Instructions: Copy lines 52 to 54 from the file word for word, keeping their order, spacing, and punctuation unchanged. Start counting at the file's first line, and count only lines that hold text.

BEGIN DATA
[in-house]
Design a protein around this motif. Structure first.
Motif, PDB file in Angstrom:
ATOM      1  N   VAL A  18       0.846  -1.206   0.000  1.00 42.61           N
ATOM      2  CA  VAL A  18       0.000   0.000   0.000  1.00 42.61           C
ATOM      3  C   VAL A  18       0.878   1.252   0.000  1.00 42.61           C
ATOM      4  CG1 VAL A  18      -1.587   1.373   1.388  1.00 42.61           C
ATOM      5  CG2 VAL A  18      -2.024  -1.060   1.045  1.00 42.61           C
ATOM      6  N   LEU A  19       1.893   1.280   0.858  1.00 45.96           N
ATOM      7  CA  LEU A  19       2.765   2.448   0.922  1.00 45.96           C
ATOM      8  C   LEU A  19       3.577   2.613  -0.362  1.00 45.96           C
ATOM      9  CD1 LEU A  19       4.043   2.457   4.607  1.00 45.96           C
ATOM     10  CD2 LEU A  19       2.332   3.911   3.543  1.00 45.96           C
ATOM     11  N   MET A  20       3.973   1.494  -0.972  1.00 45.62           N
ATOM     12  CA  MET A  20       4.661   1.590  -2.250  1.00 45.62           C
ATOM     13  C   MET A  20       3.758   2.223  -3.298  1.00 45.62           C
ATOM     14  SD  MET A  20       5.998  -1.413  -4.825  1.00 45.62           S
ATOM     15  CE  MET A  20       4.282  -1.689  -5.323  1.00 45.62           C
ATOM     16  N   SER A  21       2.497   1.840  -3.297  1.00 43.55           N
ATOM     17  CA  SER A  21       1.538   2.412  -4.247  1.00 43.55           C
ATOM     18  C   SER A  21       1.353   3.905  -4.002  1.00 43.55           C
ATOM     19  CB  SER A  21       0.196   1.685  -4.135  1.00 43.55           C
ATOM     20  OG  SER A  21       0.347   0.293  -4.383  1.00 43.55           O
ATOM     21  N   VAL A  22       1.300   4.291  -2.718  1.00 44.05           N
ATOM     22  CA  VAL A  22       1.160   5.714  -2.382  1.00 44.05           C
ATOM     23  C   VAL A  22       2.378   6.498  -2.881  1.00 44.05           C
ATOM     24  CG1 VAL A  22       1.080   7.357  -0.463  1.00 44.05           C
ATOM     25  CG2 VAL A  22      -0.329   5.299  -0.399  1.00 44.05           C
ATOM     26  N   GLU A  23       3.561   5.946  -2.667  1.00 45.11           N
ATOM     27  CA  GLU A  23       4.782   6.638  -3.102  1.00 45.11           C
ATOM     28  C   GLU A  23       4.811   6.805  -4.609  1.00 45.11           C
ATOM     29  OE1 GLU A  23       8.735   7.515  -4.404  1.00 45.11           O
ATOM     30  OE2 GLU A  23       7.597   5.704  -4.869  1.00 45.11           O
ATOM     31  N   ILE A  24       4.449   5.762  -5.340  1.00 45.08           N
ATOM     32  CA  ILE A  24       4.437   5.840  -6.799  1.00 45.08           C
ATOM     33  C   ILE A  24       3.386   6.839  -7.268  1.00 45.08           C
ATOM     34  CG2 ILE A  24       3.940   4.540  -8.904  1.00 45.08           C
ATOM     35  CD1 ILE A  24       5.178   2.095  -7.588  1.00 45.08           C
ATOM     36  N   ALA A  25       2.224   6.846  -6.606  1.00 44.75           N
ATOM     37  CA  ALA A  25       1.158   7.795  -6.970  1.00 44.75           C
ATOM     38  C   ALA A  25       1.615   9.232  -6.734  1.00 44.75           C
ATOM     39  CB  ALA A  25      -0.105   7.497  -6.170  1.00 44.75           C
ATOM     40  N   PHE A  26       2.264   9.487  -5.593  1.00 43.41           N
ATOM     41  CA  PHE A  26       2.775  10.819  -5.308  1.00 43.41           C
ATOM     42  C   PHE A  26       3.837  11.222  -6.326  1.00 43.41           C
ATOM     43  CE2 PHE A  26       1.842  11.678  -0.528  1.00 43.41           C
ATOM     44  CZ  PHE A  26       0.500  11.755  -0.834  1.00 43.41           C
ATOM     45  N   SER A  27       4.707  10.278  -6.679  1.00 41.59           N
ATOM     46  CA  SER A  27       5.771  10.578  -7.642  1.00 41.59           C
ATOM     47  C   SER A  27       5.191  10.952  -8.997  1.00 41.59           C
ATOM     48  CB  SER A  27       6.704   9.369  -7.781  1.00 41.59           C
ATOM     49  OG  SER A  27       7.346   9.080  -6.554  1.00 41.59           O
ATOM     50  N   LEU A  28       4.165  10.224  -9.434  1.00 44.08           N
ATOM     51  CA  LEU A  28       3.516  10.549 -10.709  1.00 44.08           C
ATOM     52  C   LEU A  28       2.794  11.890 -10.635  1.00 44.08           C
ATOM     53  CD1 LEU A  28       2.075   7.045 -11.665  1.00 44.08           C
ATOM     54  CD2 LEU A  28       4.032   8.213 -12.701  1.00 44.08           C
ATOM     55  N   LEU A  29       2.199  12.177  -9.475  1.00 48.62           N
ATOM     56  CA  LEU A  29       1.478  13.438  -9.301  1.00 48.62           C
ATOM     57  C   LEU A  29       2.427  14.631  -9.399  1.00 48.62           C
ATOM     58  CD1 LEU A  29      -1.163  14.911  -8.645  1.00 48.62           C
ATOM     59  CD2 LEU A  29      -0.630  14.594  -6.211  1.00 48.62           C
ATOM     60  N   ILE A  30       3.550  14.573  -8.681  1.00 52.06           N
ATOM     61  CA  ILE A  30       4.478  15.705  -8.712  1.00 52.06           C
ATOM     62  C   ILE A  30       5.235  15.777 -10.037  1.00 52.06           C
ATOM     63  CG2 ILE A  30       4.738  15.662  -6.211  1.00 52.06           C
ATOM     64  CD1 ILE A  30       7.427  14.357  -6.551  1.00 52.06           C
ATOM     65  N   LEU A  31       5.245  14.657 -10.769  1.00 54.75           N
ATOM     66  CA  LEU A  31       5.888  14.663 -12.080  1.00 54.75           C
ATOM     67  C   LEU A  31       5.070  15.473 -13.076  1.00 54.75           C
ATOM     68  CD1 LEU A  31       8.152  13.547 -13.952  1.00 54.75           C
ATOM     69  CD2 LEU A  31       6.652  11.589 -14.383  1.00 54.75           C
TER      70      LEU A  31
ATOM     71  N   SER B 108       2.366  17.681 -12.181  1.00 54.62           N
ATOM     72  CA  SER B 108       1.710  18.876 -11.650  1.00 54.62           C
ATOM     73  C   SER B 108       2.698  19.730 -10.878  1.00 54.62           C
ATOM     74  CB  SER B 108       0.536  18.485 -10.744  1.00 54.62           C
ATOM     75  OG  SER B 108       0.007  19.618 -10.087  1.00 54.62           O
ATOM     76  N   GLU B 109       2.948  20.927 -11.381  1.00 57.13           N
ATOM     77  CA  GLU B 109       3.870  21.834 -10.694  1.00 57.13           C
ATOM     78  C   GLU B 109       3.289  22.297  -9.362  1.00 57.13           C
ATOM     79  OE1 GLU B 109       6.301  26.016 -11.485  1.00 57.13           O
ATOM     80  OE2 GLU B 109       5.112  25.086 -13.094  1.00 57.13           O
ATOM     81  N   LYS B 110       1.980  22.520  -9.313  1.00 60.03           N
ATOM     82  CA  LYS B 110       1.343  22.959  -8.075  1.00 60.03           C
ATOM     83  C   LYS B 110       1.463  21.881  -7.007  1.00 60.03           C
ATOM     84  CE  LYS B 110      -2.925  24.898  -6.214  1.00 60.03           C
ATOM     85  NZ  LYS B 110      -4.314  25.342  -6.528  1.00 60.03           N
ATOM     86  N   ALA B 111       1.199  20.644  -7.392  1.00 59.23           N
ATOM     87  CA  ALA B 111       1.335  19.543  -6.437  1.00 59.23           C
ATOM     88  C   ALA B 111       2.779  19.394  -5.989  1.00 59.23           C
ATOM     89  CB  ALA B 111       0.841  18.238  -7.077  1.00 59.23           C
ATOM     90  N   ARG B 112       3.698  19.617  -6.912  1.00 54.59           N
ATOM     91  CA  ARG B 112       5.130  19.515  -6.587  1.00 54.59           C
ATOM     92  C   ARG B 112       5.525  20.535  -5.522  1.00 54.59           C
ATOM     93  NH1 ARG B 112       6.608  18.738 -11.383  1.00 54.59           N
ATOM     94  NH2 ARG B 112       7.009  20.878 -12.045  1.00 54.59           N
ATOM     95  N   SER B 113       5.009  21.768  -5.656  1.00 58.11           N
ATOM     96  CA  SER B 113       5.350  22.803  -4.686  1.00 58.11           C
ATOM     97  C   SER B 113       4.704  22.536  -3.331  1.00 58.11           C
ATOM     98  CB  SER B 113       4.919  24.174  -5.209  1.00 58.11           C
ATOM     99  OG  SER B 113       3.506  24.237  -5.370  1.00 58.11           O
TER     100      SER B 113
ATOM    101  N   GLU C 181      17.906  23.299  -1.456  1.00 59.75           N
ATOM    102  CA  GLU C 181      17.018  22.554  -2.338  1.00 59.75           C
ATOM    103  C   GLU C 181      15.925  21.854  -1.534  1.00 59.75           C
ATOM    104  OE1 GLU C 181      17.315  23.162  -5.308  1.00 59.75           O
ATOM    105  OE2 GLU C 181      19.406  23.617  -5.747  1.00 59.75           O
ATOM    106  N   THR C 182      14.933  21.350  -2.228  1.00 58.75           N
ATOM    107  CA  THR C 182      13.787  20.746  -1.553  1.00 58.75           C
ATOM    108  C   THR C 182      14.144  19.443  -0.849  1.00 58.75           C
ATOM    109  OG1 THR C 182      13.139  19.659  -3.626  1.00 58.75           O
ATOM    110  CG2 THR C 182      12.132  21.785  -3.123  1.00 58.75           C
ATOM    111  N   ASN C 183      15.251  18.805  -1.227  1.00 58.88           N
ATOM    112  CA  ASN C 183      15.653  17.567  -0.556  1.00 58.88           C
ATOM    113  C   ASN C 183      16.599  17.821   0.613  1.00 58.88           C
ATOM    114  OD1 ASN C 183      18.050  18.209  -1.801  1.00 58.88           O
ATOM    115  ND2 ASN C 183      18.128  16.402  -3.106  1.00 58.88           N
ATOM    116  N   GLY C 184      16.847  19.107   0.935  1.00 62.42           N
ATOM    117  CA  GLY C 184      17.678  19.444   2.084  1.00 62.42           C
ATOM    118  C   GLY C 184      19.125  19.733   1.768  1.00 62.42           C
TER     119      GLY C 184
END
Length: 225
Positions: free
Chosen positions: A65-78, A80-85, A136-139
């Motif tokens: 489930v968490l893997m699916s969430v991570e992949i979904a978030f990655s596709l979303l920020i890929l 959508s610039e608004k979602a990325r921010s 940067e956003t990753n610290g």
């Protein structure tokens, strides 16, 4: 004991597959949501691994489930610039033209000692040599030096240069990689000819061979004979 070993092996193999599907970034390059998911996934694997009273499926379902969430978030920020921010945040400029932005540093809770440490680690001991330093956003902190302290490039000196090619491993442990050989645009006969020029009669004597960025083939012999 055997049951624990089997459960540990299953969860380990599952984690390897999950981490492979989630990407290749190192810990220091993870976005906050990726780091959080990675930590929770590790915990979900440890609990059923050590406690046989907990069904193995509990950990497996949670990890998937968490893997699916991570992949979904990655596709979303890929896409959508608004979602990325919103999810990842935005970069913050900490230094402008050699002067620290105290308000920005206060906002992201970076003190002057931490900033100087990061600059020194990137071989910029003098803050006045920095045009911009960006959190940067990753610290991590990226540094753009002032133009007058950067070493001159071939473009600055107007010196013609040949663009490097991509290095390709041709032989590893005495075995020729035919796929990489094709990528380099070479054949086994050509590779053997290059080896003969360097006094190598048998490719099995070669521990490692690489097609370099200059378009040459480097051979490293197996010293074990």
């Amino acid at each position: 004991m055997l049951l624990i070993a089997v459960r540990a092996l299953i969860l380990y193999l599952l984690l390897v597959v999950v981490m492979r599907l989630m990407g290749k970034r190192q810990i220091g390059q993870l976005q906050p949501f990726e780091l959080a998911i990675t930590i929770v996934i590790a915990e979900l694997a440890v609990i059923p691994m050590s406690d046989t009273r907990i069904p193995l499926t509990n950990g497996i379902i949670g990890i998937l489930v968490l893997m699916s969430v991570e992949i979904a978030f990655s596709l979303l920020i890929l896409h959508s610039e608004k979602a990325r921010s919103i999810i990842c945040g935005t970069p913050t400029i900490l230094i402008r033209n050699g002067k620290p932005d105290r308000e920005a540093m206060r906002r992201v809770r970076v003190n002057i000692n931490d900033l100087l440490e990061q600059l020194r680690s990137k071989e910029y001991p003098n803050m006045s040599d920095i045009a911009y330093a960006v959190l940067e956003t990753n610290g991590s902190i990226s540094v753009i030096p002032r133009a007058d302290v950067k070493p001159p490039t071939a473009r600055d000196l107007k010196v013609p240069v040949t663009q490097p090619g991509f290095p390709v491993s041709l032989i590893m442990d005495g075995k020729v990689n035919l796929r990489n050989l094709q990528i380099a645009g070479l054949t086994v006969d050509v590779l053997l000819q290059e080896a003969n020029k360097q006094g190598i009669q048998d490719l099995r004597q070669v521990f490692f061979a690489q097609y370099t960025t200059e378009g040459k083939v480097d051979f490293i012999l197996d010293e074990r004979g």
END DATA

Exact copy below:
ATOM     49  OG  SER A  27       7.346   9.080  -6.554  1.00 41.59           O
ATOM     50  N   LEU A  28       4.165  10.224  -9.434  1.00 44.08           N
ATOM     51  CA  LEU A  28       3.516  10.549 -10.709  1.00 44.08           C